“Everything should be made as simple as possible, but not simpler.”

Albert Einstein

Ah, Albert Einstein. The man with the most famous hair in science—one can only hope he never met a bad hair day or a persnickety hairdresser. He once said, “Everything should be made as simple as possible, but not simpler.” And when he said that, I bet he was browsing through a set of IKEA instructions.

The point is, simplicity is a deceptively complex concept.

My mother is originally from Santiago, Chile. And if you’ve ever been to Santiago, you might know they can make giving directions sound like a poetic tango:

“Turn left at the statue of the man with the empanada, then stroll past the café where Señora Isabella brews her aromatic café con leche, then…”

By the time they finish, you’ve aged a year, grown a beard, and still don’t know which way to turn.

Funny as it sounds, though, imagine if they oversimplified:

“Go that way.”

You’d be wandering the city, lost, reminiscing about Señora Isabella and her café.

Again, simplicity is a deceptively complex concept.

Let’s say you’re at a family dinner. Your cousin—who’s navigating the wild world of dating—gets asked about his love life.

The simple answer he could give? “It’s going okay.”

The not simpler response involves him walking Uncle Tony through his latest Tinder exchanges.

This quote from Einstein reminds us that while simplicity can clear away the fog of life’s complexities, oversimplification can lead us into pitfalls, misunderstandings, or at worst, your cousin winding up on a date with someone who thinks barbeque sauce belongs on pizza.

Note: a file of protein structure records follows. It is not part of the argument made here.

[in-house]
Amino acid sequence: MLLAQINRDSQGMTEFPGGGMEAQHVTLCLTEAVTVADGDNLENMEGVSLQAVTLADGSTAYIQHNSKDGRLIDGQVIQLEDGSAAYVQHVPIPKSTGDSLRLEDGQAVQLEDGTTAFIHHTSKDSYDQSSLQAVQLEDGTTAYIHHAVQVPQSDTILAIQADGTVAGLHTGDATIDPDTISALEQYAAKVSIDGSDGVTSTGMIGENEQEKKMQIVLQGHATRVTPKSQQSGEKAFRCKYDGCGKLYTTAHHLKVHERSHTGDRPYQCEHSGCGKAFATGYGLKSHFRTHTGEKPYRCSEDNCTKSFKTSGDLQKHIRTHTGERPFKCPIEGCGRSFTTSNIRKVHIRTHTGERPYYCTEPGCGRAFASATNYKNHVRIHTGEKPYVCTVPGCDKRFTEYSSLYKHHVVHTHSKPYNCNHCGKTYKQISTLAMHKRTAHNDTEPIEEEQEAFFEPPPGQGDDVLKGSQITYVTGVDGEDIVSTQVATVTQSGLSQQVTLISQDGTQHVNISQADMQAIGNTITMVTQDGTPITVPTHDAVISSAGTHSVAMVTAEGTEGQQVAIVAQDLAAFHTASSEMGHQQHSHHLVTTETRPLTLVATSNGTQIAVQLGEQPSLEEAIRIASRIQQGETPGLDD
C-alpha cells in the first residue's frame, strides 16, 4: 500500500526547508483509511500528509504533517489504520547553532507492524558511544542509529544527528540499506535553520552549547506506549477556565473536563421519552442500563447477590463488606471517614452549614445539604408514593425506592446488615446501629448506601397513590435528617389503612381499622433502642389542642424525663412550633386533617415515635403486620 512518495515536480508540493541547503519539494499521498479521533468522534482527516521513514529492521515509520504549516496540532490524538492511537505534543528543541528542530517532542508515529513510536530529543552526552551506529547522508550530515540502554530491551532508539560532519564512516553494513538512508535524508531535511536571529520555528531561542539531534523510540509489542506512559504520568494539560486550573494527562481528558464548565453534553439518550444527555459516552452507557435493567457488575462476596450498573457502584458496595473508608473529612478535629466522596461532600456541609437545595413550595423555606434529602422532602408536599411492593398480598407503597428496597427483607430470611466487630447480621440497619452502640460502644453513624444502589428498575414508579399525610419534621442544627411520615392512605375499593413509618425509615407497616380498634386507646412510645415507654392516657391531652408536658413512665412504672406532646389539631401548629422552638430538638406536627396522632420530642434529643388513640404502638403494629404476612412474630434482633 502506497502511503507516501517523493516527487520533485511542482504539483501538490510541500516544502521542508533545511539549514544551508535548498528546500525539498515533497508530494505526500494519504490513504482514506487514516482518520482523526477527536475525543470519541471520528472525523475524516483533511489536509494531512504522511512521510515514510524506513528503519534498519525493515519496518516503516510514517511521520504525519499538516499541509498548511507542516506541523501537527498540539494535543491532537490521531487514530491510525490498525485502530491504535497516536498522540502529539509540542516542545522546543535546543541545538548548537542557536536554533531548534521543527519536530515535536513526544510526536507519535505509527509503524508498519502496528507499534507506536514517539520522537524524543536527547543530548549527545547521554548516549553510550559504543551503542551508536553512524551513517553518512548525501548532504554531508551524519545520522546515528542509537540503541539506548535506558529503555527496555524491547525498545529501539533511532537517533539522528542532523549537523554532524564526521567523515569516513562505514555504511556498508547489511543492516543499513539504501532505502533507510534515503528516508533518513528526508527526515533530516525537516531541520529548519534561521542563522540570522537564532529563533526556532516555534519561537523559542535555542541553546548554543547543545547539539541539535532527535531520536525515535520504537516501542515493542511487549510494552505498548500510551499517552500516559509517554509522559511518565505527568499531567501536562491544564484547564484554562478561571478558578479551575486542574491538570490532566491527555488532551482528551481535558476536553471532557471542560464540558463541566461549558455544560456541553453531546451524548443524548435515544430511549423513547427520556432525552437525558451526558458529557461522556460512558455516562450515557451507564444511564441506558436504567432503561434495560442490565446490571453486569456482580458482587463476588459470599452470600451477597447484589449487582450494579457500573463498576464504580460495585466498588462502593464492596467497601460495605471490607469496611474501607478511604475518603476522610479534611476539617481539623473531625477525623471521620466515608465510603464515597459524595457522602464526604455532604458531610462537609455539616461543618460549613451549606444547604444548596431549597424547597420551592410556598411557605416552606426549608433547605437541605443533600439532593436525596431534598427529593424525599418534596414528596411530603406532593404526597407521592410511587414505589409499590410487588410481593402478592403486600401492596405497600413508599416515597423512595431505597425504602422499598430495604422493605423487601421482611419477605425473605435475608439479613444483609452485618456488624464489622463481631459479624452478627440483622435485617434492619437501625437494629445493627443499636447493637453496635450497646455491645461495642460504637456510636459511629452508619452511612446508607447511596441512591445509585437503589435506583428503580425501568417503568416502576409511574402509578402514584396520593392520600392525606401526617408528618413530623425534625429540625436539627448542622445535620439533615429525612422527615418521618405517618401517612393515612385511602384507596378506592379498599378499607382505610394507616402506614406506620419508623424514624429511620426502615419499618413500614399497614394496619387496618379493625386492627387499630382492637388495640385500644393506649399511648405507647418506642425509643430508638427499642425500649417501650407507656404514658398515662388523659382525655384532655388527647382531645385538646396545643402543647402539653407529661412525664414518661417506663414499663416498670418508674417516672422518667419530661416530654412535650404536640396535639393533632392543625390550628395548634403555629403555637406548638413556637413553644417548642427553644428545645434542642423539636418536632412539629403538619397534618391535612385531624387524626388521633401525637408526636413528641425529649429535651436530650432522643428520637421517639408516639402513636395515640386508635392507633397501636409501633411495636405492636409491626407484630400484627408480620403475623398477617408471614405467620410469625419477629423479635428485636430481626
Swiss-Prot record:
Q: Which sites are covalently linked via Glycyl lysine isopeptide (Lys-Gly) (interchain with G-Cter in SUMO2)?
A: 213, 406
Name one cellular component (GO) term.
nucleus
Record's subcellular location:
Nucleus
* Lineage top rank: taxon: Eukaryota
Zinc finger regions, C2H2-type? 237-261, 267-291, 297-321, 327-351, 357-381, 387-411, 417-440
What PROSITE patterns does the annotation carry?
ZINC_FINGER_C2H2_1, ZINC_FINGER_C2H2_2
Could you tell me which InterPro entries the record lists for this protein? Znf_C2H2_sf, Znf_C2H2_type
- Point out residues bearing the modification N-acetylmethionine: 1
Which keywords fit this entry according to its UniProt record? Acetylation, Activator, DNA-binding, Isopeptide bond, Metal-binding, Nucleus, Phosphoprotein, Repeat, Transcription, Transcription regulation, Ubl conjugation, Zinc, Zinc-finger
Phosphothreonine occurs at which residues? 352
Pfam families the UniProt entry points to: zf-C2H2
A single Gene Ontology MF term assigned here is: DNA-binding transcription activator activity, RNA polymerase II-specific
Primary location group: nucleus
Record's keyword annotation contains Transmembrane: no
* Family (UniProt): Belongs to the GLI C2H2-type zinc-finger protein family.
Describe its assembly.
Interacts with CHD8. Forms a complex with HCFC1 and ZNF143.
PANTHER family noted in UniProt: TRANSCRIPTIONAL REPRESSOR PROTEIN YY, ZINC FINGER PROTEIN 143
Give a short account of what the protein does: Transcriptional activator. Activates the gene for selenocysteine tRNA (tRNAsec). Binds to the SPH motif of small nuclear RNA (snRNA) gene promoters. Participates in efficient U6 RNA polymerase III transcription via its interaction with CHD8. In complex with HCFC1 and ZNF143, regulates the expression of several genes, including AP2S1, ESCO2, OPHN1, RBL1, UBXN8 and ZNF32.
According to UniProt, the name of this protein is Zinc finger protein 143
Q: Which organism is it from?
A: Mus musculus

So here’s my take…

Life is full of complexities. Taxes, love, our dog—Harper—peeing if we pet him too soon when we get home.

But in most instances, the best approach is to cut through the noise, find the core truth, and present it without the unnecessary frills, like a cake without too much frosting… or in my case, a flan with too much caramel sauce.

In the end, our tousled-haired genius wasn’t just about E=mc^2. He wanted us to see the beauty and clarity in simplicity, but to be cautious about stripping things down too far. So, in honor of Einstein, the next time you’re faced with a conundrum, try the simple path. But remember, just like with avocado toast toppings and binge-watching reality TV, there can be too much of a good thing.

Stephen Boudreau serves as VP of Product + Content Marketing at Virtuous Software. For over two decades, he has helped nonprofits leverage the digital space to grow their impact. To that end, Stephen co-founded RaiseDonors, a platform that provides nonprofits with technology and experiences that remove barriers to successful online fundraising. He is an avid (but aging) soccer player, audiobook enthusiast, and the heavily-disputed UNO champion of his household.

Copyright ©2024 Stephen Boudreau.